US Secretary of State reacts over the Pakistani SC orders in Daniel Pearl murder case
The United States secretary of state, Antony Blinken in his first statement on this matter said America was ready to prosecute Omar Saeed Sheikh, who had been accused in the 2002 for being involved in the execution of American journalist, Daniel Pearl link in US courts, a day after he was acquitted by the Supreme Court.
A three-judge Supreme Court bench on Thursday, acquitted Sheikh by extending the benefit of the doubt to him and ordered his release. The Supreme Court issued the verdict on a petition filed by the Sindh government and Pearl's parents against a Sindh High Court (SHC) order for Sheikh's acquittal and immediate release.
Blinken, in a statement issued by his office late on Thursday evening, said he was "deeply concerned by the Pakistani Supreme Court’s decision to acquit those involved in Daniel Pearl’s kidnapping and murder and any proposed action to release them".
“We are also prepared to prosecute Sheikh in the United States for his horrific crimes against an American citizen," the statement read further.
"We are committed to securing justice for Daniel Pearl’s family and holding terrorists accountable.”
The chief US diplomat, who took charge of his office on Wednesday, recalled that Sheikh had been indicted in the US in 2002 for hostage-taking and conspiracy to commit hostage-taking, resulting in the murder of Pearl, the South Asia Bureau Chief for the Wall Street Journal, as well as the 1994 kidnapping of another American citizen in India.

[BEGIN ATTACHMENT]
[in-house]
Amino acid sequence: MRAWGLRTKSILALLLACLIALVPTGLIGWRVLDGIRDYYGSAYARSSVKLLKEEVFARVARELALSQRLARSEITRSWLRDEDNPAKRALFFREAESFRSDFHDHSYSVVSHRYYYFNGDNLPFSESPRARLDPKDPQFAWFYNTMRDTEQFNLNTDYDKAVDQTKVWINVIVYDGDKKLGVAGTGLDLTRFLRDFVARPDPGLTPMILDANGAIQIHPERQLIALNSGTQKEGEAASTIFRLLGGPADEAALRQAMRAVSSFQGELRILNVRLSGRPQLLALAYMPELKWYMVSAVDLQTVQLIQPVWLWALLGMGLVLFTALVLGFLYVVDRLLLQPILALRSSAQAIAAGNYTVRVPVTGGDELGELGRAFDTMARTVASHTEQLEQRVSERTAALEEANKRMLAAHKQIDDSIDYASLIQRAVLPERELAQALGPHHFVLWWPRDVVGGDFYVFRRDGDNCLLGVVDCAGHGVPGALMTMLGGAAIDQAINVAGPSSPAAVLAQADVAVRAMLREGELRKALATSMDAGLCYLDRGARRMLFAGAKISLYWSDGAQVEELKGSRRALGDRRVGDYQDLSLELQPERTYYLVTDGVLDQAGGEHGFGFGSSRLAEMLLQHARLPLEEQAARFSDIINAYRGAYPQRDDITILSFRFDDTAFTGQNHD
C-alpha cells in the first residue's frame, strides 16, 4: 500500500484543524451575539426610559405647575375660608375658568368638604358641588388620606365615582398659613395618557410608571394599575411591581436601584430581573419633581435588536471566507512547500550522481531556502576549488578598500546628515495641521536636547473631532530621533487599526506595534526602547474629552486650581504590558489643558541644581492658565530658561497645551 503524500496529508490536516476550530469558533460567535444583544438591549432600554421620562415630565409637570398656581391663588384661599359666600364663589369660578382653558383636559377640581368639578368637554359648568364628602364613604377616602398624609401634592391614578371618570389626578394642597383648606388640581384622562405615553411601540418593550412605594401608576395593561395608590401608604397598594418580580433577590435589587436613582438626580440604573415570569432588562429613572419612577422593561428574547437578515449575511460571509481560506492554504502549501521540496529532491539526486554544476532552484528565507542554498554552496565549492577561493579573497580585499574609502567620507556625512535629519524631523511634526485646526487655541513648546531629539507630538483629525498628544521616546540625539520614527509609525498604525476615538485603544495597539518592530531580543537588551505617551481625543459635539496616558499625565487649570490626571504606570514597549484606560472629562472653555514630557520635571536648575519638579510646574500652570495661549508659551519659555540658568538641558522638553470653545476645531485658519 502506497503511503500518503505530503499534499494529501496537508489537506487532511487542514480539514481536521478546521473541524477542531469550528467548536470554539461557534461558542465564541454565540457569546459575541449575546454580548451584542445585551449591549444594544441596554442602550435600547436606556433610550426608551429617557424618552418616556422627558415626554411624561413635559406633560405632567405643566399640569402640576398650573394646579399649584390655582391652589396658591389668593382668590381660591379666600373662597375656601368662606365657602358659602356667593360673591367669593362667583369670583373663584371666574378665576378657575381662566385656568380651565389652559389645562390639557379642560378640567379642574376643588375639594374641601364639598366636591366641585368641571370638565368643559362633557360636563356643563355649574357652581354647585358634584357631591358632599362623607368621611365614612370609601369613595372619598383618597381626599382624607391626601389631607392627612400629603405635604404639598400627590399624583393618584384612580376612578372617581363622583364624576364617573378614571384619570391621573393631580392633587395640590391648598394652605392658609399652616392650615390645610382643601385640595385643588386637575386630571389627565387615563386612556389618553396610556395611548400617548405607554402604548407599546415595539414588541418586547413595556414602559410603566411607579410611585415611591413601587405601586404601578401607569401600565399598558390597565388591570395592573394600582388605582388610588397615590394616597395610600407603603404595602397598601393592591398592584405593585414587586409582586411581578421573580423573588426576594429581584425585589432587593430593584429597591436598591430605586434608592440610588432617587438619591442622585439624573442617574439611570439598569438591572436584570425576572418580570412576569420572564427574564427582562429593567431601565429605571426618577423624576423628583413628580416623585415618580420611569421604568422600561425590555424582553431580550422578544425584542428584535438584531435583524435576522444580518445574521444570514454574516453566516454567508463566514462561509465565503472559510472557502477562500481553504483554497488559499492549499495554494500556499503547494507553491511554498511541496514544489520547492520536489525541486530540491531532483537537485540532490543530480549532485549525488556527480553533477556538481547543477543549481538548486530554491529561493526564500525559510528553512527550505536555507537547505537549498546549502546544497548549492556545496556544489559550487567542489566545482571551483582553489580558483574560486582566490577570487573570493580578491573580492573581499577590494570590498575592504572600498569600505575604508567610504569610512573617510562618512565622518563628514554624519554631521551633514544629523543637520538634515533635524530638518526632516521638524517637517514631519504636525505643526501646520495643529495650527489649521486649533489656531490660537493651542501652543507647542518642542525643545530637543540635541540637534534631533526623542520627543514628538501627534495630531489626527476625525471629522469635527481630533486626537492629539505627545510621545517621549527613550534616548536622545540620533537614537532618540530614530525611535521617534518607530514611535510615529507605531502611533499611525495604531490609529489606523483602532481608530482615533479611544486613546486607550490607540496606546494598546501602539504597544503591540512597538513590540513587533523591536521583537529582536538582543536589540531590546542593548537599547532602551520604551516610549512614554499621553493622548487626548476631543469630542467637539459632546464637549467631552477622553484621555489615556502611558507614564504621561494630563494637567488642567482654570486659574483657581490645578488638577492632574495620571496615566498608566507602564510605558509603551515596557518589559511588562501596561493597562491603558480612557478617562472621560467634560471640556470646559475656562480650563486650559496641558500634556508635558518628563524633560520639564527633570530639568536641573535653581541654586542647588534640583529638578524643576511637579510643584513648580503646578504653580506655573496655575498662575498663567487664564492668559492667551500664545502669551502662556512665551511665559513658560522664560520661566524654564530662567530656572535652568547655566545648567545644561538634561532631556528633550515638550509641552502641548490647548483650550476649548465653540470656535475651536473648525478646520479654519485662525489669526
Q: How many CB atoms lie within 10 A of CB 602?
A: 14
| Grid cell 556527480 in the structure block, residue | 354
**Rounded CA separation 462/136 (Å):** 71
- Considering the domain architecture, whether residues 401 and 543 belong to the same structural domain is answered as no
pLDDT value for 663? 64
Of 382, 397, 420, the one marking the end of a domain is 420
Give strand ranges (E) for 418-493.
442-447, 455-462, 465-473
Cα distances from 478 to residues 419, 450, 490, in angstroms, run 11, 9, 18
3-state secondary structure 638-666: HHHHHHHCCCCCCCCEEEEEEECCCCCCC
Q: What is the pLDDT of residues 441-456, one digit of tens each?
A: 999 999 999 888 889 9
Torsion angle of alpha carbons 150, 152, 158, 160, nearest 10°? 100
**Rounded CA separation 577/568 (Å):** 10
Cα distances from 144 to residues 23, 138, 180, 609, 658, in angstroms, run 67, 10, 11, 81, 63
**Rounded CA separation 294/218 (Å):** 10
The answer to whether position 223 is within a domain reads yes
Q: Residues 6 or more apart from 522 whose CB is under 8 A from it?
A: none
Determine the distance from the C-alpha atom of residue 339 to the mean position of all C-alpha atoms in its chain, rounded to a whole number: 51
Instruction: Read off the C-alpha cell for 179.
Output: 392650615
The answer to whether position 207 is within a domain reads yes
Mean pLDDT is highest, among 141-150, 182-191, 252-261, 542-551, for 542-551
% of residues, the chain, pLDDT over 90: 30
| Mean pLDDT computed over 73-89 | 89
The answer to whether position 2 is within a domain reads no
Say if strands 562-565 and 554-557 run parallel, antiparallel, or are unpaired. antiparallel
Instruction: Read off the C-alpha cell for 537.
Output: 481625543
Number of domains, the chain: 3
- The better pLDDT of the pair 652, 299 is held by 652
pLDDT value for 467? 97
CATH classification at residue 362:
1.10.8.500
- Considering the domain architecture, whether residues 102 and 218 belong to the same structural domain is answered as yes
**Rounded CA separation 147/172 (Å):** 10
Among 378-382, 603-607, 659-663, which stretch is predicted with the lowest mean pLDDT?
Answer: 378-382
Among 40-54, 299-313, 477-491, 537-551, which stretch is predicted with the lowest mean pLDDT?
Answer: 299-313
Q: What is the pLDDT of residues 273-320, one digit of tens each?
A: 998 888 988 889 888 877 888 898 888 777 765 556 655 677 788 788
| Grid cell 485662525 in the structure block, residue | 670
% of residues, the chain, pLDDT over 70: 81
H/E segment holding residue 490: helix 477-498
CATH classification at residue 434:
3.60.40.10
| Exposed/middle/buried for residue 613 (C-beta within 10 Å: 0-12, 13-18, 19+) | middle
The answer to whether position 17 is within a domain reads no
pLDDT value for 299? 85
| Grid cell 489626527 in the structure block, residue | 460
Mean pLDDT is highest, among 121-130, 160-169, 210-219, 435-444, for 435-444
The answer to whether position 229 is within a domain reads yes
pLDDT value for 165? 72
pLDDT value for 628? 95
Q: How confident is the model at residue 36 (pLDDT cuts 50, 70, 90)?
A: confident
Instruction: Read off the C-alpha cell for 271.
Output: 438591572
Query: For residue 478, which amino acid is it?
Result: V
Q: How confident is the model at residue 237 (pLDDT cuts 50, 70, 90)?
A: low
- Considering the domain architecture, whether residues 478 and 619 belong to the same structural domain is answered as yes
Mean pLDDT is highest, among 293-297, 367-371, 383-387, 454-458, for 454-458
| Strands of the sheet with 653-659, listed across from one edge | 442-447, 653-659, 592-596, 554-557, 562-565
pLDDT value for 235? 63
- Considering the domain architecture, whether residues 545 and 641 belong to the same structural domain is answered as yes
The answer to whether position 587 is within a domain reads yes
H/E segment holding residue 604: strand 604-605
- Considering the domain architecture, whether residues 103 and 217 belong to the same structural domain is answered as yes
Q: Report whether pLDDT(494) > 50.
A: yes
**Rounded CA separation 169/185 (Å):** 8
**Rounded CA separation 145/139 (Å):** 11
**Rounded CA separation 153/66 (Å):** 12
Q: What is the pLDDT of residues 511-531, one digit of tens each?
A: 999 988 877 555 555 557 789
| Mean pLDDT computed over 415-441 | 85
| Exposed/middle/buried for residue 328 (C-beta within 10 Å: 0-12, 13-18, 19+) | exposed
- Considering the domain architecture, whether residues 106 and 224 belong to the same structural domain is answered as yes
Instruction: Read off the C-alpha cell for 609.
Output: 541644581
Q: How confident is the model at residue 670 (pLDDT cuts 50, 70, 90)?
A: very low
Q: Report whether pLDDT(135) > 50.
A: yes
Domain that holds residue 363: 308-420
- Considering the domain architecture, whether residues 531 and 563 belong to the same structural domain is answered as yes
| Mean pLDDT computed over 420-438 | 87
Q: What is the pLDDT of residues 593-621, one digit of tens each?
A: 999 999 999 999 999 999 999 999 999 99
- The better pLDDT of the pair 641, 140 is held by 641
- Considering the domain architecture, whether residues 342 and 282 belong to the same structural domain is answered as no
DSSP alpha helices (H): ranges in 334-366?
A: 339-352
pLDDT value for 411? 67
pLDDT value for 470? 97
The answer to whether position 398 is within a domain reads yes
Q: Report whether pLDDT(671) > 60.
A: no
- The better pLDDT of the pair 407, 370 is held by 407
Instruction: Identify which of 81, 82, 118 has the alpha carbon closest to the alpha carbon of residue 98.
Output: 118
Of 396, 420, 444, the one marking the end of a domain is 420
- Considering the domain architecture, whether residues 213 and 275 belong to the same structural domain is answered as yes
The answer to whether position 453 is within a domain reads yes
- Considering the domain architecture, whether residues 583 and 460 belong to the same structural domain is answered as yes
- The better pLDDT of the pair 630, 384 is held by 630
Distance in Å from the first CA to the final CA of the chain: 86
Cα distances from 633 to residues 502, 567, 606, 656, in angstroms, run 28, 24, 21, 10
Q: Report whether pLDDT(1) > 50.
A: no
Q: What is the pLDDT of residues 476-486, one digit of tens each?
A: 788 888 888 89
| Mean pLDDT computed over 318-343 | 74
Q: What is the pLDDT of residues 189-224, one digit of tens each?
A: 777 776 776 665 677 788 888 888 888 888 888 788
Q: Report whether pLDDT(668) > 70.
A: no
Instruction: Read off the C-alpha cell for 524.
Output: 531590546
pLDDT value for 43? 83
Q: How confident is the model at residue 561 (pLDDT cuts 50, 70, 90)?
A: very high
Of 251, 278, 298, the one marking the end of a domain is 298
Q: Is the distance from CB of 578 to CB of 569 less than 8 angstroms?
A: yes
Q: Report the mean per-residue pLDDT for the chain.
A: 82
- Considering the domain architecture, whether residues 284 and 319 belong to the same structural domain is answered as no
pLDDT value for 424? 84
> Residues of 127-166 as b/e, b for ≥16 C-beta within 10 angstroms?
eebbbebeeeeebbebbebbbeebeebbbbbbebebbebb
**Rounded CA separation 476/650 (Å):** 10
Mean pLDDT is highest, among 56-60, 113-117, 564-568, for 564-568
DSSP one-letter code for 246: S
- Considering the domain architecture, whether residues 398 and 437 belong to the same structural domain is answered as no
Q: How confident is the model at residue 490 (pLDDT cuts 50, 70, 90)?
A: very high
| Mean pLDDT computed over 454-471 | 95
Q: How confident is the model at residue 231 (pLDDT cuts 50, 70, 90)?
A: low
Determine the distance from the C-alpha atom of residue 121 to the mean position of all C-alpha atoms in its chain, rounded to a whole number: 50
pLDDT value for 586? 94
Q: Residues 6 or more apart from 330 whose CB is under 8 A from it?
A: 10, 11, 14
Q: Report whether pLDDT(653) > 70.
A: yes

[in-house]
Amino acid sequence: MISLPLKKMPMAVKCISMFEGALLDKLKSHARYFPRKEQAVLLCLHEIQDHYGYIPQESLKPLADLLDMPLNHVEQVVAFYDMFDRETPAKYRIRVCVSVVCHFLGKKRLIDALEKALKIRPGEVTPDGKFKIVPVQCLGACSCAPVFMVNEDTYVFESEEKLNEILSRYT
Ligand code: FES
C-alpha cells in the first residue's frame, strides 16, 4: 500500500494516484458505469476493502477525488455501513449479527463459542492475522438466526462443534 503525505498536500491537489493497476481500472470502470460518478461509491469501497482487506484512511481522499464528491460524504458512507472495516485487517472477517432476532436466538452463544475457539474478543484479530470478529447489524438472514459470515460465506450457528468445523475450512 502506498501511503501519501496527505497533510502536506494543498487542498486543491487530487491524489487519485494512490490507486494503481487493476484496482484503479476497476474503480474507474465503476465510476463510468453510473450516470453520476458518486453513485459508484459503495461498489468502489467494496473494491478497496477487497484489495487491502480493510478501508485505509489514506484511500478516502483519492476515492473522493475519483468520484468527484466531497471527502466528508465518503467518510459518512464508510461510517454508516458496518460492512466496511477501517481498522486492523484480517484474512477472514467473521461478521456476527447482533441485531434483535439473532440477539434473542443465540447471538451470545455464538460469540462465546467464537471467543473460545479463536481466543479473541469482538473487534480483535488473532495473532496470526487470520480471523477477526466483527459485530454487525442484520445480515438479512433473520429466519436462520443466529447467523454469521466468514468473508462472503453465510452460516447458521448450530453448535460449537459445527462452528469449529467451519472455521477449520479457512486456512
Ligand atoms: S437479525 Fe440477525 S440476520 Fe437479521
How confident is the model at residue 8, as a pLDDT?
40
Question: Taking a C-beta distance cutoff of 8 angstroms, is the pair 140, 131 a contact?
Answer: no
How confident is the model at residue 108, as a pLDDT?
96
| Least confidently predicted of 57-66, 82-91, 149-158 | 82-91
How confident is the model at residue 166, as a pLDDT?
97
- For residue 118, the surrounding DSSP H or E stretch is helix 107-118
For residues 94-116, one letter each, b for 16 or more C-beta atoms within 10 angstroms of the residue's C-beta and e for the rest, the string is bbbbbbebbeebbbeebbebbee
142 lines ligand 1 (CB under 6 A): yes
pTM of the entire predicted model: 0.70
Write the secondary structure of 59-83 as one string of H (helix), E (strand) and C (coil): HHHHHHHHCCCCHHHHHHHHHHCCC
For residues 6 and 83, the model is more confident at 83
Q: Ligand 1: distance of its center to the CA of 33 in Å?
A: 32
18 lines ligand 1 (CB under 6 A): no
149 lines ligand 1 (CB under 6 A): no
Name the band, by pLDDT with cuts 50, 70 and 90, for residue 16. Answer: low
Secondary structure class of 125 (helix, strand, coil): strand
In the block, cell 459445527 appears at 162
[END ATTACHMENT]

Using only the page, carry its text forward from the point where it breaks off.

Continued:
Blinken termed the verdict as an "affront to terrorism victims everywhere" and said that the US expected Pakistan's authorities to “expeditiously review its legal options to ensure justice is served”.
“The court’s decision is an affront to terrorism victims everywhere, including in Pakistan. The United States recognises past Pakistani actions to hold Omar Sheikh accountable and notes that Sheikh currently remains detained under Pakistani law,” he said.
Blinken, moreover took note of the attorney general of Pakistan's statement which said that the latter intended to seek a review of the verdict.